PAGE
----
NOTE : If you would like only the gemstones, and not the settings, we can dismount the gemstones and offer you the gemstones without the settings. Just let us know, and yes, well discount the price by the cost of the settings. DETAIL: Ancient cultures including the Celts, Greeks, Hebrews, Persians and Romans highly valued garnet. To the Anglo-Saxons, garnet was a cherished treasure.
According to historical accounts, the King of Saxony is said to have owned a garnet of over 465 carats. Most ancient Mediterranean populations believed that a garnet could give its wearer guidance in the night, allowing them to see when others could not. Garnet was also worn for protection when traveling, as garnet was believed to warn the wearer of approaching danger. Often mistaken for alexandrite, and even more rare than alexandrite, here are two exceptionally uncommon blue garnets whose color undergoes a dramatic change from a very vivid blue-green to a tanzanite-purple hue when moved from fluorescent (or natural) light to incandescent light.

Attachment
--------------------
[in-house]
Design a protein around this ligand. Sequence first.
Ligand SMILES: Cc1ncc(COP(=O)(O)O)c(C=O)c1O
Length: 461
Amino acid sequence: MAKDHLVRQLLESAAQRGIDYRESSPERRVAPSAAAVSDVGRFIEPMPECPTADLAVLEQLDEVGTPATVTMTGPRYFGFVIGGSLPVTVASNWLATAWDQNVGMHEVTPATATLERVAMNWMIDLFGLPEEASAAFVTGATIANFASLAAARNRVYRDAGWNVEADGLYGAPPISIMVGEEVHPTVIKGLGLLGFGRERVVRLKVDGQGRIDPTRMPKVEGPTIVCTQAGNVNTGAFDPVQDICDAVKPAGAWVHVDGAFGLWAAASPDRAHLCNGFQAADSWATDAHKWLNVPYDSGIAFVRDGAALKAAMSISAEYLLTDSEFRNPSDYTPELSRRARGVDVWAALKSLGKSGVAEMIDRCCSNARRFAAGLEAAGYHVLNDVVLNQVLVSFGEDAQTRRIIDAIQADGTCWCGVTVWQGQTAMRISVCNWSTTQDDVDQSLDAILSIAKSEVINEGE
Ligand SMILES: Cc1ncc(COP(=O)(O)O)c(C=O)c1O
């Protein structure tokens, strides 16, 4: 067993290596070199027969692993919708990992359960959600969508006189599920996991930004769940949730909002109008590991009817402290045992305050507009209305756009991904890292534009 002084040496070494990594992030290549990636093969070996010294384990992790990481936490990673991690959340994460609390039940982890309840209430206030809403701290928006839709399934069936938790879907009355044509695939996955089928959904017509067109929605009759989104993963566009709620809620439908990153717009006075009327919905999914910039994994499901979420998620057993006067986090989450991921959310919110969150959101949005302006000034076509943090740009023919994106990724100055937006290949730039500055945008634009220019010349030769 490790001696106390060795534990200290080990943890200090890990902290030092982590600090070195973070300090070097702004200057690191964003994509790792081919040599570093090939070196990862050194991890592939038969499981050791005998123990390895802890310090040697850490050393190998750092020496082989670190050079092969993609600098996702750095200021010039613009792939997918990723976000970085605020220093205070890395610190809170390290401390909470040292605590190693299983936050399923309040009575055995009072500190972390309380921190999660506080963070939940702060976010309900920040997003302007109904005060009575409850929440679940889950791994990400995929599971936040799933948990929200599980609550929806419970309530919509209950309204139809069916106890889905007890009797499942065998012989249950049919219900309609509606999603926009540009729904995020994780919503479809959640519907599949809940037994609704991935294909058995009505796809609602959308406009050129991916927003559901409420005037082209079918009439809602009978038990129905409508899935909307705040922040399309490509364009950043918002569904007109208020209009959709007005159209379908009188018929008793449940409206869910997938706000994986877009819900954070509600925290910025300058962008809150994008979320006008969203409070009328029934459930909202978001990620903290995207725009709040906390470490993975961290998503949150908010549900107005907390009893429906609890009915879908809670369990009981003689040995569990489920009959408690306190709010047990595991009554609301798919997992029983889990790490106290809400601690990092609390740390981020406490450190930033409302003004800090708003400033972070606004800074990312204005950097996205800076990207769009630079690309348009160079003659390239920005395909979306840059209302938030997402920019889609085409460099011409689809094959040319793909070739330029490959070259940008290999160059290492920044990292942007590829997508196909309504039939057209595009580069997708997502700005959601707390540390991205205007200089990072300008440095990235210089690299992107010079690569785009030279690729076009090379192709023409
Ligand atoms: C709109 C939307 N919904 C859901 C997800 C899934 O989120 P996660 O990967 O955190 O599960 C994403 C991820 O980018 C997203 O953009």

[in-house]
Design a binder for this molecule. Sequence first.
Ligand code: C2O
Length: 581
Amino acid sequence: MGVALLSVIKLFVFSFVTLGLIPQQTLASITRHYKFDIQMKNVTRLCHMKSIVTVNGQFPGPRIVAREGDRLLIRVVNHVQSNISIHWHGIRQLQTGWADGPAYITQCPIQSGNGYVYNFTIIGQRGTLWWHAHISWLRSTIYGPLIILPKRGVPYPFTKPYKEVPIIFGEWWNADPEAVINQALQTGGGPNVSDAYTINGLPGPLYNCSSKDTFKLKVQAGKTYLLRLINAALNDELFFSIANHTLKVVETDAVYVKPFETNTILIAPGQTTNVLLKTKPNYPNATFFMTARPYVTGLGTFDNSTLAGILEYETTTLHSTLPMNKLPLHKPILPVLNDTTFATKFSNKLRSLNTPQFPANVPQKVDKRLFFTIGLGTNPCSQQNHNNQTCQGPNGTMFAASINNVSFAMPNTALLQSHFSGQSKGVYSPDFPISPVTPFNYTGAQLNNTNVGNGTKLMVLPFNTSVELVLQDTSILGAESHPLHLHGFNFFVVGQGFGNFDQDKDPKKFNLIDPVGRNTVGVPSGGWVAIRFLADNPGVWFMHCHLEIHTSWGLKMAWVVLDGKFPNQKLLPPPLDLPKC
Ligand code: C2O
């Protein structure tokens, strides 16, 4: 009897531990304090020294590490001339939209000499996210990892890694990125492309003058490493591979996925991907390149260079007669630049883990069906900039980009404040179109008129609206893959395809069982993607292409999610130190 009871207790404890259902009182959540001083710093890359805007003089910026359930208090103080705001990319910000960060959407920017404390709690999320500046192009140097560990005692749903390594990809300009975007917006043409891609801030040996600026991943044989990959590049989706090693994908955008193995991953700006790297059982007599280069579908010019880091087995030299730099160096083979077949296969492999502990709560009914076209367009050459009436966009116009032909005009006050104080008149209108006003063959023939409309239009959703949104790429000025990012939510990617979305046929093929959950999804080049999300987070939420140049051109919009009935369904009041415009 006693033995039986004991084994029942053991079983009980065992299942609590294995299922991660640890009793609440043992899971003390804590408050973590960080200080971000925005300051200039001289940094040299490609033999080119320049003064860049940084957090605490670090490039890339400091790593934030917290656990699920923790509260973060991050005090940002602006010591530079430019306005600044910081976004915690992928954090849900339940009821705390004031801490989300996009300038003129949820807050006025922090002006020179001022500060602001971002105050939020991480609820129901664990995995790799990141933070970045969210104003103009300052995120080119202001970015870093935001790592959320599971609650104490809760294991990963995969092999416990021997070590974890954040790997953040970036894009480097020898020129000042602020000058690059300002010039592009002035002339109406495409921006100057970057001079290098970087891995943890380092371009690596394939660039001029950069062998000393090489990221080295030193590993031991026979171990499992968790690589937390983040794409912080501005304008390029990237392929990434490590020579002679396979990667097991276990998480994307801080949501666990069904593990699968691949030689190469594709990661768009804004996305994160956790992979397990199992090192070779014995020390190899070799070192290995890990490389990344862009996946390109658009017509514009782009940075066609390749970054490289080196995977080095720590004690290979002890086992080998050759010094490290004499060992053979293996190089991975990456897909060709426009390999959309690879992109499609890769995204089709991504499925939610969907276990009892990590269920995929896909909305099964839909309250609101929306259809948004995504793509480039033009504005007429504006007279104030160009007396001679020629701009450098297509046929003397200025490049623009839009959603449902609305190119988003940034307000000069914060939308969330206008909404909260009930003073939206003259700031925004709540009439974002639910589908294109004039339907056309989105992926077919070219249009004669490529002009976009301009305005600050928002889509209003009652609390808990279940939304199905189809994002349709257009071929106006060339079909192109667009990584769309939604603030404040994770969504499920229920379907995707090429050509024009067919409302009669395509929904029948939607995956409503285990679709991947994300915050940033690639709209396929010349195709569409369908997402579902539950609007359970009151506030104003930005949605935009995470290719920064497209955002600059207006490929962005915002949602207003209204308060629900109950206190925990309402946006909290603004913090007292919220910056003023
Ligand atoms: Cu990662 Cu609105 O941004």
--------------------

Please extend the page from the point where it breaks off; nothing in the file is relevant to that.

Both color modes, whether blue-green or purple, are very beautiful tones, the blue-green almost neon, the tanzanite purple a nice, pastel shade. These fabulous color-change blue color change garnets have only been found in a few places in the world in very limited quantity. Once such find was late in the nineteenth century in Russia, and we managed to secure a small supply of these quite uncommon gemstones during a recent visit to Russia. Like alexandrite and likewise rare Siberian demantoid garnet, the gemstones tend to be small in size, but brilliant, sparkling, richly hued, and very rare. The gemstones are absolutely clean to the eye, with no discernible blemishes even observable in 500% photo enlargements (such as those included herein).
The earring settings are of contemporary origin. They are high quality settings manufactured by one of the USAs leading semi-custom mount producers. They are constructed of sterling silver; they are not cheap, silver electroplated earrings. It is genuine sterling silver, designed to last a lifetime.